Miyamoto, Y.(宮本百合), Boylan, J. M., Coe, C. L., Curhan, K., Levine, C. S., Markus, H. R., et al. (2013). 
Negative emotions predict elevated interleukin-6 in the United States but not in Japan. 
Brain, Behavior, and Immunity, 34, 79-85.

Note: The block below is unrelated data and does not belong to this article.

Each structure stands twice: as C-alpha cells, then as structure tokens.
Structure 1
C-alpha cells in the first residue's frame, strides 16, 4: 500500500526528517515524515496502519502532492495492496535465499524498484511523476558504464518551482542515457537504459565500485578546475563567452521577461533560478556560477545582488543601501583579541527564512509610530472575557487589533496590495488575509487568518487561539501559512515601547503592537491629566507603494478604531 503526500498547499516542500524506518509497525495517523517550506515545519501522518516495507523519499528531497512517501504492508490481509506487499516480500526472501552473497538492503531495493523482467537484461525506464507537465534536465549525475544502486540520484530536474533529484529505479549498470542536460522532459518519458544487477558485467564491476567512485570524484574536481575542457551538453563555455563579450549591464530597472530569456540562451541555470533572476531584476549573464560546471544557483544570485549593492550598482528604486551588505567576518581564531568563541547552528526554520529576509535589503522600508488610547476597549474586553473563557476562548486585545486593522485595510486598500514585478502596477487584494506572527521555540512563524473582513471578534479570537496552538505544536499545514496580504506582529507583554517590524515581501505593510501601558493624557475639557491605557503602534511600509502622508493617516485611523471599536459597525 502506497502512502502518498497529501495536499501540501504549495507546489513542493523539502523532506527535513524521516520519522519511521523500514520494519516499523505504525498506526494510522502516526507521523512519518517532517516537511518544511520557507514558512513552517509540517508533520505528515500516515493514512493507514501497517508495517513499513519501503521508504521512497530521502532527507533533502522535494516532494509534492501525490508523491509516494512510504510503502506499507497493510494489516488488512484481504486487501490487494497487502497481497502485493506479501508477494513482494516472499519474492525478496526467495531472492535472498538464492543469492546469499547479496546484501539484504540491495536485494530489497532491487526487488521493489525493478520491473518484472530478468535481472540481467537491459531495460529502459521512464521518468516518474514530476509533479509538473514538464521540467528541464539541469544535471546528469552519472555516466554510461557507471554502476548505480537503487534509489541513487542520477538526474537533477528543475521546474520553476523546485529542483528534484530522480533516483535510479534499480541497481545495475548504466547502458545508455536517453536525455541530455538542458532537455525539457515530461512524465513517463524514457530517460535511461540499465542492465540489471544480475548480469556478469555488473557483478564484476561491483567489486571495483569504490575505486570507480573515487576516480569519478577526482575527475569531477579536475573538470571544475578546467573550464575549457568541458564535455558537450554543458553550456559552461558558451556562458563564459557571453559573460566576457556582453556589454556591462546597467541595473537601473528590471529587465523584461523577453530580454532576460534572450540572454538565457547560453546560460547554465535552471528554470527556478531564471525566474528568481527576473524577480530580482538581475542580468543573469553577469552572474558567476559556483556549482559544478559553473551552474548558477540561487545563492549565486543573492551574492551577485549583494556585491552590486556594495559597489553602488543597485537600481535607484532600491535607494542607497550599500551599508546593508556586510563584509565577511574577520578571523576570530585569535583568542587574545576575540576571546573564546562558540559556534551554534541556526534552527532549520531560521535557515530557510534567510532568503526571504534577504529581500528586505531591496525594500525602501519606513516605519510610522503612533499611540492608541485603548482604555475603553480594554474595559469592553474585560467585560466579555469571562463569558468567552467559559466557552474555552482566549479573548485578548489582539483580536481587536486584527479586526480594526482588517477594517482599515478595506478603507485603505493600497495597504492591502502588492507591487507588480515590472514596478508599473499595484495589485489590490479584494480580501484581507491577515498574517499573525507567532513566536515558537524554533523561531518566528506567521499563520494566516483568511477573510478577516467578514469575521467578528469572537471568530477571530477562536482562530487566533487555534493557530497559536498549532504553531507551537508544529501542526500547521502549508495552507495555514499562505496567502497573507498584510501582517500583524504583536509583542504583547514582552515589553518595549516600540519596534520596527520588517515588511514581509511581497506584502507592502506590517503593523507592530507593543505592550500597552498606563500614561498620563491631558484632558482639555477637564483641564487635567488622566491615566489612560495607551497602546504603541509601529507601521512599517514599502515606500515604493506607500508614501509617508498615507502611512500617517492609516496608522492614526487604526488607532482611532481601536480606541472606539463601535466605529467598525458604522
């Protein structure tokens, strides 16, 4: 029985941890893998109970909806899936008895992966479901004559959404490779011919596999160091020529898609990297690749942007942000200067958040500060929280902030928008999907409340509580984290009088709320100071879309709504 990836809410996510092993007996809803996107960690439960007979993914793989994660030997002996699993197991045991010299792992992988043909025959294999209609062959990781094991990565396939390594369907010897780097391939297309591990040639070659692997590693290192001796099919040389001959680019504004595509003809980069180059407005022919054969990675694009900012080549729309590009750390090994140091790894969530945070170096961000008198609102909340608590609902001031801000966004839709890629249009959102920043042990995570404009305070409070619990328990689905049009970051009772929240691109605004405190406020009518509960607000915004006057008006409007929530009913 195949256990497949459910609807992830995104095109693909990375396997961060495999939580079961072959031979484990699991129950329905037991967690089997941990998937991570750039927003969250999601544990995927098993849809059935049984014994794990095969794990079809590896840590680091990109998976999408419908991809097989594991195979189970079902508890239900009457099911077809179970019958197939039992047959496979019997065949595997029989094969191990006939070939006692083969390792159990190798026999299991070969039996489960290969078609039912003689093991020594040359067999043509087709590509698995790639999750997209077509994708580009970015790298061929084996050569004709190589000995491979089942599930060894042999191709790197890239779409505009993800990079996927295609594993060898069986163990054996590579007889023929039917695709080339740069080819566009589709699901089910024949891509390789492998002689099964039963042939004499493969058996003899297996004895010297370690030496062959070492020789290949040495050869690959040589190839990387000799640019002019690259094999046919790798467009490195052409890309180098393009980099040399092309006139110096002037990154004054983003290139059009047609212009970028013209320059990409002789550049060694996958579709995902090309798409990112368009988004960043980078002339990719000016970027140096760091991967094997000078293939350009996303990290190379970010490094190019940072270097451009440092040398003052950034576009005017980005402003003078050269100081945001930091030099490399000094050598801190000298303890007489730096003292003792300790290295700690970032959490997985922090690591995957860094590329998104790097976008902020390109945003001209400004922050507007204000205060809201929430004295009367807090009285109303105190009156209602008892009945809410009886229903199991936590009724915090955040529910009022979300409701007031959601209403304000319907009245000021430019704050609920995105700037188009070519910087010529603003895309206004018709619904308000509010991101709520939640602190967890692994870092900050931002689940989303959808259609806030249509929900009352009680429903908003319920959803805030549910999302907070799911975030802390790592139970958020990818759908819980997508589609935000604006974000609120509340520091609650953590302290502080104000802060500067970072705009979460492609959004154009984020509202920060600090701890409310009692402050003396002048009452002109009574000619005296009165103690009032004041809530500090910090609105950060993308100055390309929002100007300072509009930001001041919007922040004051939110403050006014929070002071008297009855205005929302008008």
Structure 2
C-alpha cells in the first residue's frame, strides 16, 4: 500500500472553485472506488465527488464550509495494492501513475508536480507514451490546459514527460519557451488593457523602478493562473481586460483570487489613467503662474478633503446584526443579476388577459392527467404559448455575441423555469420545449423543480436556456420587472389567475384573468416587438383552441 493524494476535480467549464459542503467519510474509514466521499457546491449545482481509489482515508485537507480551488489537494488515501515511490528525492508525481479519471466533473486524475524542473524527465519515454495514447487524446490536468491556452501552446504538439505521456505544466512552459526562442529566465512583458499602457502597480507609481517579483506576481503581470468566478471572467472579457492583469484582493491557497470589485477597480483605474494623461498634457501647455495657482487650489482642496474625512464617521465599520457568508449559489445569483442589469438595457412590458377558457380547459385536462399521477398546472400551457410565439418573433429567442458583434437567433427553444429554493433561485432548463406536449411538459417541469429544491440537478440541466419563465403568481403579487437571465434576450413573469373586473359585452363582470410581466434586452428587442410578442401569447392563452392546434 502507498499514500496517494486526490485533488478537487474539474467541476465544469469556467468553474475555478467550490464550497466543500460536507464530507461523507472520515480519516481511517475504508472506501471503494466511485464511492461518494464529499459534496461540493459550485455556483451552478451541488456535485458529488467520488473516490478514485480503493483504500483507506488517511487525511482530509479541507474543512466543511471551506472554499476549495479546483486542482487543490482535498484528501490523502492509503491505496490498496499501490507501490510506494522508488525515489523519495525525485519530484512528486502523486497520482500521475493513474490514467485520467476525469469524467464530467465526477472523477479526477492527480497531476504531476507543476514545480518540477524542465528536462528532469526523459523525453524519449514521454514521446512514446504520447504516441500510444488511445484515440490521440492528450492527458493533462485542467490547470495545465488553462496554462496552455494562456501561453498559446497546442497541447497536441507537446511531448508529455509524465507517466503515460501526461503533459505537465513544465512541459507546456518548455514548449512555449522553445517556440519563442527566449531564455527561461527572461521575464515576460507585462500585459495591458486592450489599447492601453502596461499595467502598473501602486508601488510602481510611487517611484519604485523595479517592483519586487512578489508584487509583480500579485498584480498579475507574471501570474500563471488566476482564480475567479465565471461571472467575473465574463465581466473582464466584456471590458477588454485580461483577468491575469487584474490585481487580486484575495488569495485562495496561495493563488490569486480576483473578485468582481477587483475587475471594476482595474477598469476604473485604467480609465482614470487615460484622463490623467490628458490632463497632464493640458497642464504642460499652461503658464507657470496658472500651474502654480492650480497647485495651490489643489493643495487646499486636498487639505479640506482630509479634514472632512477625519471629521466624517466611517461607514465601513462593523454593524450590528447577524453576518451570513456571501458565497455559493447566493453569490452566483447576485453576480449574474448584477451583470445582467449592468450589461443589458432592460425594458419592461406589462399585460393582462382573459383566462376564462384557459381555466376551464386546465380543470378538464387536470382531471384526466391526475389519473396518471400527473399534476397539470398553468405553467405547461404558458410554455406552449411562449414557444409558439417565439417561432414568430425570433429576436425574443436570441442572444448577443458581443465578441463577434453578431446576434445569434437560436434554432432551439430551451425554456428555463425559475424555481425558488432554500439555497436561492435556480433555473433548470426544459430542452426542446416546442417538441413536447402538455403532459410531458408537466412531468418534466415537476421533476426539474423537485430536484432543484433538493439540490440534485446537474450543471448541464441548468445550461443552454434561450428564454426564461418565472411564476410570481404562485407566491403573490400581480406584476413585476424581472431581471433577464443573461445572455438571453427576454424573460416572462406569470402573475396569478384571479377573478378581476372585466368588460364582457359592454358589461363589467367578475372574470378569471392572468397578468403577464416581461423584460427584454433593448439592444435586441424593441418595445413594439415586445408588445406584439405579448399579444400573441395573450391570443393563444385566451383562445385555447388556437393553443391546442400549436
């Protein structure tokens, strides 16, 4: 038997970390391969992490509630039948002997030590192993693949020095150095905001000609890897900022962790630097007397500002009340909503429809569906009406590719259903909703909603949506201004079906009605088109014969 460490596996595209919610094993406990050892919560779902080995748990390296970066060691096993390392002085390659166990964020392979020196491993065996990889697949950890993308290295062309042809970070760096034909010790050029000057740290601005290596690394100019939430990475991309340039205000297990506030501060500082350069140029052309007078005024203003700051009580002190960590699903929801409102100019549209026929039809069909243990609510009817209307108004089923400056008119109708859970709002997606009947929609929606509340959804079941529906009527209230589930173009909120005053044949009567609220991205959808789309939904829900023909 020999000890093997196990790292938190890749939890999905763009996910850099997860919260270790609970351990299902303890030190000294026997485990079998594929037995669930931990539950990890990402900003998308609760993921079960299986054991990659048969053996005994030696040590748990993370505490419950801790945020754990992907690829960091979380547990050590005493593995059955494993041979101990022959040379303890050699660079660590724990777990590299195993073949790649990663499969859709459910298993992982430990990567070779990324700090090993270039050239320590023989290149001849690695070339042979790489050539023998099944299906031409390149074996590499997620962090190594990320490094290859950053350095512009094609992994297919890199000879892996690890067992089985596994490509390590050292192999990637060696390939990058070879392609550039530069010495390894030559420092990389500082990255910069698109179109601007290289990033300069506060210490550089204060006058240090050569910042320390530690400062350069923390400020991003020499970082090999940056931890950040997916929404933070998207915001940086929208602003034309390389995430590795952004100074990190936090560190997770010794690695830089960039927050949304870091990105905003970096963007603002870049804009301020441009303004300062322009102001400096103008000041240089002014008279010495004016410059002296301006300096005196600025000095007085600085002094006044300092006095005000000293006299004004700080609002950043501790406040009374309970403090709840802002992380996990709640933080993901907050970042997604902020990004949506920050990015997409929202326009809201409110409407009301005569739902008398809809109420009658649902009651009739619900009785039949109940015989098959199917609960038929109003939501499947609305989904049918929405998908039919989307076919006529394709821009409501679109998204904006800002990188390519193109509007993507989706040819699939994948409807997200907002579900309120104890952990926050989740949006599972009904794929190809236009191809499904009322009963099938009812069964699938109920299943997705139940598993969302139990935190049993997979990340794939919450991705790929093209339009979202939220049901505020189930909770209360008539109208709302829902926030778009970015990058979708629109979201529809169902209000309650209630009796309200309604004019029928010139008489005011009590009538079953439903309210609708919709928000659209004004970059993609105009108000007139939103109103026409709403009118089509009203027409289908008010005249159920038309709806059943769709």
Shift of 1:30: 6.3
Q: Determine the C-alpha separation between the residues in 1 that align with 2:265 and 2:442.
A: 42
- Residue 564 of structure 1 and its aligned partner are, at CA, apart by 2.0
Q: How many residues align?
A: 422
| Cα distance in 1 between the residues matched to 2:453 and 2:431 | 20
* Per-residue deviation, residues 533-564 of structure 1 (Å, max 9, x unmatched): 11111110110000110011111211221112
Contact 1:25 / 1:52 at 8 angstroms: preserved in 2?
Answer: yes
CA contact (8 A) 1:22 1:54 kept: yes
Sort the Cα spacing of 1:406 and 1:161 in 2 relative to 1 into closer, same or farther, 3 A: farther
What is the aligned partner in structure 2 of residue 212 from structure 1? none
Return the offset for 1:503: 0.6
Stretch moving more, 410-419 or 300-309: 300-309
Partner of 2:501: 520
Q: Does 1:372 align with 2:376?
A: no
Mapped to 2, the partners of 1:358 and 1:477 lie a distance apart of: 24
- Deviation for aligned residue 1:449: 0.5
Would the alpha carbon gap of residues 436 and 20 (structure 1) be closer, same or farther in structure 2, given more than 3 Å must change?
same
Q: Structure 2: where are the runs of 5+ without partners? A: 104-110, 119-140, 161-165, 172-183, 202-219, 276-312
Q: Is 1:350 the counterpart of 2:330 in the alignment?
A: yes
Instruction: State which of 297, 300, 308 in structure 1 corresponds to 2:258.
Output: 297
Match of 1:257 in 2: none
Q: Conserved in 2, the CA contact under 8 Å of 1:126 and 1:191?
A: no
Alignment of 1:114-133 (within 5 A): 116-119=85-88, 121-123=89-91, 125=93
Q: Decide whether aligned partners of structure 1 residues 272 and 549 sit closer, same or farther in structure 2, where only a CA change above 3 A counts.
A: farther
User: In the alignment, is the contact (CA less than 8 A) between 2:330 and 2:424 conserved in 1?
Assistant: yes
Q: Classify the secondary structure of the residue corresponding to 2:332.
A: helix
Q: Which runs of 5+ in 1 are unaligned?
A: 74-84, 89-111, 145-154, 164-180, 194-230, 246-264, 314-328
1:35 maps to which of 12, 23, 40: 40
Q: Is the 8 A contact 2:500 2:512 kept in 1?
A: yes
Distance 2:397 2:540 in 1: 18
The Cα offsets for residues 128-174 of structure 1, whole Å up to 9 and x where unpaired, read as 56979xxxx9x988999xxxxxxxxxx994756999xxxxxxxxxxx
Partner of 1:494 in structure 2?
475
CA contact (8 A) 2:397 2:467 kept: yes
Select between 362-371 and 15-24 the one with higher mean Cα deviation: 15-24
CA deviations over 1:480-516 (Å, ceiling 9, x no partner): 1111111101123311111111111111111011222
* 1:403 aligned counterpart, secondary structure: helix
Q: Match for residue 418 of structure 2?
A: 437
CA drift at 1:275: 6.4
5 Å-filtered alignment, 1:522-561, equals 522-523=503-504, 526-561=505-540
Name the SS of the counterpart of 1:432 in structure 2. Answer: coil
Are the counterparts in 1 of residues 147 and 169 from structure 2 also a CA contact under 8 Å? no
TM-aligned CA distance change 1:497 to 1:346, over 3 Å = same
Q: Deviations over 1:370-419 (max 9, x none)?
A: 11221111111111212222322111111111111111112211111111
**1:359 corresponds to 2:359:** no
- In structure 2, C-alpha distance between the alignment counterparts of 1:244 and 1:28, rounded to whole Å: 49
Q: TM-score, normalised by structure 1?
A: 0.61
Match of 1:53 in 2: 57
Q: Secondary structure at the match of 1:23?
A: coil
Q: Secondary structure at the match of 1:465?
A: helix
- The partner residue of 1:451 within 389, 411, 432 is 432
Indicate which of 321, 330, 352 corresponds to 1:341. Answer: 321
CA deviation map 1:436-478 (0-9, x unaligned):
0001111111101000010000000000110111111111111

Previous studies conducted in Western cultures have shown that negative emotions predict higher levels of pro-inflammatory biomarkers, specifically interleukin-6 (IL-6). This link between negative emotions and IL-6 may be specific to Western cultures where negative emotions are perceived to be problematic and thus may not extend to Eastern cultures where negative emotions are seen as acceptable and normal. Using samples of 1044 American and 382 Japanese middle-aged and older adults, we investigated whether the relationship between negative emotions and IL-6 varies by cultural context. Negative emotions predicted higher IL-6 among American adults, whereas no association was evident among Japanese adults. Furthermore, the interaction between culture and negative emotions remained even after controlling for demographic variables, psychological factors (positive emotions, neuroticism, extraversion), health behaviors (smoking status, alcohol consumption), and health status (chronic conditions, BMI). These findings highlight the role of cultural context in shaping how negative emotions affect inflammatory physiology and underscore the importance of cultural ideas and practices relevant to negative emotions for understanding of the interplay between psychology, physiology, and health.